Through membership. We also focus a lot on sponsorships. We're independent of the British Government. Unlike the British Council we have no remit to promote the British way of life. Our activities reflect the fact that English is not owned by Britain or America, but really is a lingua-franca, belonging to everyone who uses it. English is driven by the market and that market consists of young people savvy enough to see that if they want a career that's international, and most young people do want a career that's international, they have to learn English. It's as simple as that.
Do you think English will remain what you call "the preferred adoptive language" worldwide, or could it lose that status in the future?
The appeal of English is not just the fact that it's international. It's also associated with the key communication technologies. It's the primary language of the Internet, of international communications, international aviation and navigation, medicine and science. Nearly 70 percent of all scientific theses are published first in English! It appears that if you are scientist in the Czech Republic, and you've got something that you think is really interesting, you've got to put it down in English because that's how you'll share it with the rest of the world. That's why I don't believe that English will lose its position.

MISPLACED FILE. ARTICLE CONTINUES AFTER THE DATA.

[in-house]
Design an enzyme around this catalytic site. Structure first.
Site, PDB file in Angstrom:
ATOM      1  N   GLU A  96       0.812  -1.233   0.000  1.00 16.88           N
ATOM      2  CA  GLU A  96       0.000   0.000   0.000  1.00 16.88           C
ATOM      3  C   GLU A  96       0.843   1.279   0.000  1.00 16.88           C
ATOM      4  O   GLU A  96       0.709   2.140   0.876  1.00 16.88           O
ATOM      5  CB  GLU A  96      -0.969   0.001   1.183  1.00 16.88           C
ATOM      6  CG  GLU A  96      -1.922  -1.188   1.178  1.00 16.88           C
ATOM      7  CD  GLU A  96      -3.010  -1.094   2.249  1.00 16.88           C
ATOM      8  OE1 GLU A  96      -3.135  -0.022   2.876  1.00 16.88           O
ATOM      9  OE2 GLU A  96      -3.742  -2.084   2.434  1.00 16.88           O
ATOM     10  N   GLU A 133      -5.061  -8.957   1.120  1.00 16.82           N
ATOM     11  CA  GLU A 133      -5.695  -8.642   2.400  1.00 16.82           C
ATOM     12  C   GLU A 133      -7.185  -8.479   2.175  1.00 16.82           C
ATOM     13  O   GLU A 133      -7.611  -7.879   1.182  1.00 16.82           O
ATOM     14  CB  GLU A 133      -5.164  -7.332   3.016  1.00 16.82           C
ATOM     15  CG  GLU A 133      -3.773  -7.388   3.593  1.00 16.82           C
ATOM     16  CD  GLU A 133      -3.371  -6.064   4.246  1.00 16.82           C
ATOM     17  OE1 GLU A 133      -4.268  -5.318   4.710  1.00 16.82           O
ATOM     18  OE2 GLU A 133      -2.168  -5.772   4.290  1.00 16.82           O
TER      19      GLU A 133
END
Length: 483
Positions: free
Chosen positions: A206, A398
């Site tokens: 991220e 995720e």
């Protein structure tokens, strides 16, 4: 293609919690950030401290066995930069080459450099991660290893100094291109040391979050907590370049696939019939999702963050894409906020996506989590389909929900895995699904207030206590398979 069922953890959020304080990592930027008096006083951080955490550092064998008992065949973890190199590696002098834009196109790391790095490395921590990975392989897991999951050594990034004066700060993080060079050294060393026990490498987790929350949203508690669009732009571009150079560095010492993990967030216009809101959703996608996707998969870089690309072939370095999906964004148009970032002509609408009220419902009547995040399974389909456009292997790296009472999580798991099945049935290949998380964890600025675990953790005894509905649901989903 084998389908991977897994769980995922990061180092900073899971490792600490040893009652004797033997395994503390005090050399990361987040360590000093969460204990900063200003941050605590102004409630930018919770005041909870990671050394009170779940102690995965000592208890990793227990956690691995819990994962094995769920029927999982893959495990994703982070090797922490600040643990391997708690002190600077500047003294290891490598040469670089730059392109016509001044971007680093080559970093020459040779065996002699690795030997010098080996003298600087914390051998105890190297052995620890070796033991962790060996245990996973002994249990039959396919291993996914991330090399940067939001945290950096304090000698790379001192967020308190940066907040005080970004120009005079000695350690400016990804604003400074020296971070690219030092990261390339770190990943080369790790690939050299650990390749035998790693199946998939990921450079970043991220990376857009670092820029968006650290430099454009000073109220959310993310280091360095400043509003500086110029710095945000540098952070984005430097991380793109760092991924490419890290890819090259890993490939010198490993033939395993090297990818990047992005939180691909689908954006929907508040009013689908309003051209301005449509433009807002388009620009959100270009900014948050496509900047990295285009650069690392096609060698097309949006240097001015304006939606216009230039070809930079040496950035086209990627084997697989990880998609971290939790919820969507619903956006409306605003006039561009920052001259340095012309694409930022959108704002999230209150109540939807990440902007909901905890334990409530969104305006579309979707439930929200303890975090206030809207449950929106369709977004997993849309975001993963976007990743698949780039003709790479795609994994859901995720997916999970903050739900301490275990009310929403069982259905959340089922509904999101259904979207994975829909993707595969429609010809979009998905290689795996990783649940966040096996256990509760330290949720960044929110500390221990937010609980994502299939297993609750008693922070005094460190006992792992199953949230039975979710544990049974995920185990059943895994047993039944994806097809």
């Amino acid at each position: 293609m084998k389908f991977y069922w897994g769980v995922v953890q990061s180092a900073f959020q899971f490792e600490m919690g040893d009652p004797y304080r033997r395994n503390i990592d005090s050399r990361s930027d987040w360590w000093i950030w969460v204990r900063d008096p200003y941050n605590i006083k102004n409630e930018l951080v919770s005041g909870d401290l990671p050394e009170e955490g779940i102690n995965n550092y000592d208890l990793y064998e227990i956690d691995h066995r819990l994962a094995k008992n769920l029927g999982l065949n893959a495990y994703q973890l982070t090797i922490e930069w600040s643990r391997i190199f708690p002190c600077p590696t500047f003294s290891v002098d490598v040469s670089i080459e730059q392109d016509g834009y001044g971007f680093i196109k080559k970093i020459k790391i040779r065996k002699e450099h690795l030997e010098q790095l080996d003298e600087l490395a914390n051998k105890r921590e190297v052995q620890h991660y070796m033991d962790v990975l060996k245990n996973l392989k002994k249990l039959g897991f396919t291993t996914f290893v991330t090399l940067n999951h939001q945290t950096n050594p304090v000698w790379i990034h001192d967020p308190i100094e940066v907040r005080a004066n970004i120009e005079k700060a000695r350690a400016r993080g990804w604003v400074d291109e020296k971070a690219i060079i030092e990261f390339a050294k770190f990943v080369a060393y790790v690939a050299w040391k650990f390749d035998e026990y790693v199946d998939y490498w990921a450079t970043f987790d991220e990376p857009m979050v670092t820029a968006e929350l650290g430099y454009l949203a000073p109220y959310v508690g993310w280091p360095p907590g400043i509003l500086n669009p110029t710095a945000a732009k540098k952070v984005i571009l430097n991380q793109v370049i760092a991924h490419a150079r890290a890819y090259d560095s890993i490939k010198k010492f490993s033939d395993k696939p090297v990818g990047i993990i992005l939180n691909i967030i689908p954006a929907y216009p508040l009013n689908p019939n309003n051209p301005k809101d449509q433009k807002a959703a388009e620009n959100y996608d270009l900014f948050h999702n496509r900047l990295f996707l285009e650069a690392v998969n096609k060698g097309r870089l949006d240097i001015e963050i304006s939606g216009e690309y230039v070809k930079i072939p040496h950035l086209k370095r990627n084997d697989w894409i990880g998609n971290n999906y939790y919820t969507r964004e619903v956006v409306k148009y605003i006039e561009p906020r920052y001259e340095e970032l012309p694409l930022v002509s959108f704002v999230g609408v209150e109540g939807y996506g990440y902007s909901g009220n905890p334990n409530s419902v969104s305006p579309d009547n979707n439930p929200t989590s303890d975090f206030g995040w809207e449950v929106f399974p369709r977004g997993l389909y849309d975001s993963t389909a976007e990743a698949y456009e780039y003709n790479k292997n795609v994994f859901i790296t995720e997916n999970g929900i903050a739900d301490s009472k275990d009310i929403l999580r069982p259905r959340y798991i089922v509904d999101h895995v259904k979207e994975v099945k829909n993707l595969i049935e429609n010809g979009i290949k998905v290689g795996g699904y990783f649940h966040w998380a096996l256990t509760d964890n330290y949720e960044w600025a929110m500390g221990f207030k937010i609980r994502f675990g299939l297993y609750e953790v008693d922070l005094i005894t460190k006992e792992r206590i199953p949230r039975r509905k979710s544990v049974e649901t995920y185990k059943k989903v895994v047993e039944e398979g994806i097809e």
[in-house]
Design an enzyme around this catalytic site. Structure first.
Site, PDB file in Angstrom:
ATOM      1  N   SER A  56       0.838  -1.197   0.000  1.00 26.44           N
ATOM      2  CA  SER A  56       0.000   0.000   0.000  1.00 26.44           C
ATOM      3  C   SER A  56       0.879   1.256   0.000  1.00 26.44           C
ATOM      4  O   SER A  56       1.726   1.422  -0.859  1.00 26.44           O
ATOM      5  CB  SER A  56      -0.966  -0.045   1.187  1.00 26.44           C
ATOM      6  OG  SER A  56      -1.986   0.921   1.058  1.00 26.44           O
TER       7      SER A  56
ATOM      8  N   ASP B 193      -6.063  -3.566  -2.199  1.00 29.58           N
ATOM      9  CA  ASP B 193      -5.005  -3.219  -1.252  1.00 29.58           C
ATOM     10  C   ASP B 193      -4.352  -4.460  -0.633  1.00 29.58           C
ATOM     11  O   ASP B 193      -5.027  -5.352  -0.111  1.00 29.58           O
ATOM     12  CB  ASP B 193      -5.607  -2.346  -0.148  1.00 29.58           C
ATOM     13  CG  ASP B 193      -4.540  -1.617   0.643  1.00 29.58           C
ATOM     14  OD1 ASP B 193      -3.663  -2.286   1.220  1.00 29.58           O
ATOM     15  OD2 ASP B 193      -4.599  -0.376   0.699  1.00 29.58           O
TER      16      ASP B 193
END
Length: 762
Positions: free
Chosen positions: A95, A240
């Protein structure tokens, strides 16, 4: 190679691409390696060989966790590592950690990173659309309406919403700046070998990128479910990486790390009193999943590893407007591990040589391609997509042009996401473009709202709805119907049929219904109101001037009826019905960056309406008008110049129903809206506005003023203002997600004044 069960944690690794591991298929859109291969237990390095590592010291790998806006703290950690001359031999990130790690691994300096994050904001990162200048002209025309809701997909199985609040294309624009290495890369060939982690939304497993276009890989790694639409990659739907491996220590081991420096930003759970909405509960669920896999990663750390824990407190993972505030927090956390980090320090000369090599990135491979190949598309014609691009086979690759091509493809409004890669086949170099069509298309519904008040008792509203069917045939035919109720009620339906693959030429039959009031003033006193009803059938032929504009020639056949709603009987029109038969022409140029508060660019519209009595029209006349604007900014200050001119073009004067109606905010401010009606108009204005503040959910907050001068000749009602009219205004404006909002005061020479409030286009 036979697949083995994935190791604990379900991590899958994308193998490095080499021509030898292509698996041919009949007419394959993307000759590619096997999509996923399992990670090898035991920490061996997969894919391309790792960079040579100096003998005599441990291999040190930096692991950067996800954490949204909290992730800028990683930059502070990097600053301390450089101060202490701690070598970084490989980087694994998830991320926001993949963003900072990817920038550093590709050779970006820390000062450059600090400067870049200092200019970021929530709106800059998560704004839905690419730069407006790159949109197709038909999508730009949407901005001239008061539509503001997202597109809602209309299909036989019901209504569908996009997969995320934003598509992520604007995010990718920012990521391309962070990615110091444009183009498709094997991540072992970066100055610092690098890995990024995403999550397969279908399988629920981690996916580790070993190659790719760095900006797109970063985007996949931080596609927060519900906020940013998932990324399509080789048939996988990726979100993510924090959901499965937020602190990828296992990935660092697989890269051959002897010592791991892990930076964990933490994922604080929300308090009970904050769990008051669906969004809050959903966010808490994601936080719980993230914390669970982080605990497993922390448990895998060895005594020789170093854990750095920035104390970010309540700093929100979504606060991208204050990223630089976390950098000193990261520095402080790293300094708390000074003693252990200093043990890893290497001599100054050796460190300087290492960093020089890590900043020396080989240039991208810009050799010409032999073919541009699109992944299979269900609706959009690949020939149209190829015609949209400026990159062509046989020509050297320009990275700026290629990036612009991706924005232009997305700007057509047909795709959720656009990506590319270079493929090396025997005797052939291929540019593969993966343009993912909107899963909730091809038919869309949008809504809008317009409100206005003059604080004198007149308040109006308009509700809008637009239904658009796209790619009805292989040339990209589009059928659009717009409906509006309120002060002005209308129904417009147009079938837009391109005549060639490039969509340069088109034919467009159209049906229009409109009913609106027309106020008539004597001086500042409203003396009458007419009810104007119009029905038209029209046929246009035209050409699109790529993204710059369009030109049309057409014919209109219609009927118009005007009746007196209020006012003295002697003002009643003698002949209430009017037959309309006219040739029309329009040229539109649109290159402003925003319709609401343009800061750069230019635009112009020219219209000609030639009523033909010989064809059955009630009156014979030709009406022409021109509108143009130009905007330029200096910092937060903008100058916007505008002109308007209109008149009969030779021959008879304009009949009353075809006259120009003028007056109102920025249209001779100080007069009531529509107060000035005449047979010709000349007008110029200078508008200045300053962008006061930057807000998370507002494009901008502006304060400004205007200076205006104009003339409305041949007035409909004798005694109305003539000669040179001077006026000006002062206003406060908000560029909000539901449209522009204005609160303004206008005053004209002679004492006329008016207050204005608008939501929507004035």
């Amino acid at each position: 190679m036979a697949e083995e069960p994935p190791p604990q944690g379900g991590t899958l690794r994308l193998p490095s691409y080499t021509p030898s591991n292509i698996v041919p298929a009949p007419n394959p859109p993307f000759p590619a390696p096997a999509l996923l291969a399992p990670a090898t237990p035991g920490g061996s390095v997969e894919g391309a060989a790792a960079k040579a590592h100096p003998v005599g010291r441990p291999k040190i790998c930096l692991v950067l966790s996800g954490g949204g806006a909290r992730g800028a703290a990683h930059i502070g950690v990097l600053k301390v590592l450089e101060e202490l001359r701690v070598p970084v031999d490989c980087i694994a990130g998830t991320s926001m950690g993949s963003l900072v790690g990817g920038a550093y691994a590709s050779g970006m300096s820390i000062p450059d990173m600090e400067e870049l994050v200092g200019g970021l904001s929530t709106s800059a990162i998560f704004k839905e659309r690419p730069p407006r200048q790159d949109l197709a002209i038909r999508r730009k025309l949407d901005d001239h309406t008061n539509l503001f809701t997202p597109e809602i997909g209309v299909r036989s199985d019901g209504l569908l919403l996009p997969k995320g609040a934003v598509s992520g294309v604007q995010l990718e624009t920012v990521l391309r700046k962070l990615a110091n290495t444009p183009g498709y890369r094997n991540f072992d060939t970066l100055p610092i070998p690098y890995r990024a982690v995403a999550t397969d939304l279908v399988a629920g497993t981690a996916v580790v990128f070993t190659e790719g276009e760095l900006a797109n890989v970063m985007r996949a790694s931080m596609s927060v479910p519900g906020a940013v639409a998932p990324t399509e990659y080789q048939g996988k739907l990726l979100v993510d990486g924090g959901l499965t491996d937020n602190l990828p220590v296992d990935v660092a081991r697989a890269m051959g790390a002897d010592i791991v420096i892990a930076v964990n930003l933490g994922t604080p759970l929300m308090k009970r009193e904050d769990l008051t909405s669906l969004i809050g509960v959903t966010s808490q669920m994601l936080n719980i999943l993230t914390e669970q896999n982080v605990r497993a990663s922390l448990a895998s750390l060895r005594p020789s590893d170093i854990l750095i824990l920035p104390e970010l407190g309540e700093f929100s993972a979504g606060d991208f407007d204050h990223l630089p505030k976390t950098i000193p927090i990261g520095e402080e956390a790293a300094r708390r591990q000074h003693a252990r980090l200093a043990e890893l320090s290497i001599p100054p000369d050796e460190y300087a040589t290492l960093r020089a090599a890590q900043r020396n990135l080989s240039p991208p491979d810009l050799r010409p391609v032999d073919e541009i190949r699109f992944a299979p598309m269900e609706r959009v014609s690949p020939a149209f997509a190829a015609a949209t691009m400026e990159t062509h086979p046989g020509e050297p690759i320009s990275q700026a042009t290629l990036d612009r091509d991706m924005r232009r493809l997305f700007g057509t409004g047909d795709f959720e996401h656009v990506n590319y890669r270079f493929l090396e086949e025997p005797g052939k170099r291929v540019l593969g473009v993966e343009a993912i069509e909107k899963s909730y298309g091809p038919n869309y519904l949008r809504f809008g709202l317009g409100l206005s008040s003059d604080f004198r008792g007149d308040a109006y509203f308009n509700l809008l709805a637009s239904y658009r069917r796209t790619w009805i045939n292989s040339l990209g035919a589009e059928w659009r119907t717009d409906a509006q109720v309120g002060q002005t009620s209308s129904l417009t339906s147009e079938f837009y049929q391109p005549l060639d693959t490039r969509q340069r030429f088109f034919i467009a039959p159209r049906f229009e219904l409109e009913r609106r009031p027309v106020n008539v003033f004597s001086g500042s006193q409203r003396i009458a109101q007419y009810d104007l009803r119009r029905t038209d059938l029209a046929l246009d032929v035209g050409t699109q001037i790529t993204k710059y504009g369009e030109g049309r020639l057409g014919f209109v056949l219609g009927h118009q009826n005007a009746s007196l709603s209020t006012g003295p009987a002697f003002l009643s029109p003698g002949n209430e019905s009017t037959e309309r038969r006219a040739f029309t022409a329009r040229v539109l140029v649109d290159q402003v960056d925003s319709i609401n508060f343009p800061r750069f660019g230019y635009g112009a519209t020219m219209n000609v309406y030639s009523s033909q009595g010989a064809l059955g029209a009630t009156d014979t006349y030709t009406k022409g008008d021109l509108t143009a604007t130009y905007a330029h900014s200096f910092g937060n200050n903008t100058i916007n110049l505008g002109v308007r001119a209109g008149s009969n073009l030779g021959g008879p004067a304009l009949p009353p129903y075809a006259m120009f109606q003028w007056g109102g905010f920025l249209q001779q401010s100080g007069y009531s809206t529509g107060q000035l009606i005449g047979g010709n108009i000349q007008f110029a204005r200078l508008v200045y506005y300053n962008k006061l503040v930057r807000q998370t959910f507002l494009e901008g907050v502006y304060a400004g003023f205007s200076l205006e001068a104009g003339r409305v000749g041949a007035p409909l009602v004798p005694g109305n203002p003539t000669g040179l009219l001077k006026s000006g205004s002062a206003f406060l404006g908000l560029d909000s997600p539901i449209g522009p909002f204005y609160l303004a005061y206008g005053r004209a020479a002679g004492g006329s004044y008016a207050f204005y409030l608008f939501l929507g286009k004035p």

There's a theory that, at some point around 1000 A.D., Latin-speaking populations could no longer understand each other. The question is, will this happen to English? Will we reach a point when the Japanese speak English that a British person won't be able to understand? And I don't believe it will work like that at all. In the Middle Ages, people did not travel, there was no electronic communication, and the nation became the most important entity. The language separation happened because of that. I think English will be a sort of a 22nd century Latin!
Does the ESU try to preserve a particular standard of English?